World Population Day (and we’re still avoiding the subject)
Today fifteen on-camera performers and a volunteer crew of 10 will be joining me in a big Hollywood production. We’re shooting a video visualizing what our world might look like in a future where continued overpopulation and over-consumption have led to worldwide resource scarcity and social conflict.
It will be a scary picture. Will this kind of shock therapy work? Will audiences view this science fiction scenario and immediately change their own lives, get over the taboo on discussing responsible family-size decisions, and step up efforts to change a system hooked on growth?
The truth is we don’t know. Some sustainability advocates advise that instead of pointing out the dangers of where we’re headed, we should focus on painting an optimistic picture of where we want to go. They’re dead certain doom and gloom won’t sell an idea. And they may be right. Yet, there is no evidence it’s any more effective to follow the advice of that old song: “eliminate the negative, and accentuate the positive.”
No one has ever complained about doom and gloom when someone shouted a warning that kept a person from stepping off the curb in front of an oncoming bus. So I think we should grow up and be willing to discuss both the negative consequences of business-as-usual and the joys of stepping off the hamsterwheel of growth addiction. I suspect there are benefits to both messages of hope and red flags of warning. Both have a role to play.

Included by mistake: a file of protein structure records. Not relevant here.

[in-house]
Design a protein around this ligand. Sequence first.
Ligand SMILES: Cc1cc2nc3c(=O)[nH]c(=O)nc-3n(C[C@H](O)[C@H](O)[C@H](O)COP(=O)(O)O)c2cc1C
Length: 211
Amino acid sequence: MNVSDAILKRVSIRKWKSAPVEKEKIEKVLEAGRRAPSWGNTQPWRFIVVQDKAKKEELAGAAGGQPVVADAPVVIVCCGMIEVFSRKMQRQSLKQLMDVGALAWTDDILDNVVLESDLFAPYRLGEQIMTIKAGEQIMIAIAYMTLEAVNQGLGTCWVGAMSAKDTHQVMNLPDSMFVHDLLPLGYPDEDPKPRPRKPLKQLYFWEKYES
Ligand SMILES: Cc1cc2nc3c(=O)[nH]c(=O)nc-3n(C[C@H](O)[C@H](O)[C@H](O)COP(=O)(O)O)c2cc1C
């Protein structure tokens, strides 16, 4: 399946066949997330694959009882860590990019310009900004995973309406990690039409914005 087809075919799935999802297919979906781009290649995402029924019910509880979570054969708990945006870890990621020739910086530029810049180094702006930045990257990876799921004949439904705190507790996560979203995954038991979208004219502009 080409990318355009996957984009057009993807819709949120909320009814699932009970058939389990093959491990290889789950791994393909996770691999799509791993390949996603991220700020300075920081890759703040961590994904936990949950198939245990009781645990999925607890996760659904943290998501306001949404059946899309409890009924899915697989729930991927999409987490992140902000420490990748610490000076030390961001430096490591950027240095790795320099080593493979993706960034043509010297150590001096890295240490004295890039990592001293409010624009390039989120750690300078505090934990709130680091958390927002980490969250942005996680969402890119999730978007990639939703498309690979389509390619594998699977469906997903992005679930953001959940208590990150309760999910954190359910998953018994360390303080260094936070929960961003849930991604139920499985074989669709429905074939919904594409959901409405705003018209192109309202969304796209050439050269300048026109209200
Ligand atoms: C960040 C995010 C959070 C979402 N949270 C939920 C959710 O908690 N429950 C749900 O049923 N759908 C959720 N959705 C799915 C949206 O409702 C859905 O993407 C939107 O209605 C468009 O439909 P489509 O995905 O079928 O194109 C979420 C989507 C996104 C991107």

Along these lines, I don’t think it serves us well to tiptoe around a subject just because it’s unpleasant or unpopular. I spoke out about this last year in this appearance on Inside Story, broadcast by Al Jazeera English on World Population Day in 2009:
When the negative baggage associated with population control was brought up, I responded, “what about population information?” It is time we openly discuss overpopulation and educate everyone around the world, rich or poor, dark-skinned or light, about the ramifications of their family-size decisions. There is nothing draconian or racist about that. In fact it is a very humanitarian, loving, and compassionate idea – to act responsibly so that our children can have a good life. I also advocated for citizens to give organizations and elected officials permission to address this issue openly and honestly.
As it happens, today is once again World Population Day. And I am disappointed, yet again, that World Population Day statements from the U.N. Secretary-General and UNFPA Executive Director intentionally tap dance around the subject of overpopulation. All I can say is, “Good grief! Get a backbone!”
Dave Gardner is producing the non-profit documentary, Hooked on Growth: Our Misguided Quest for Prosperity.
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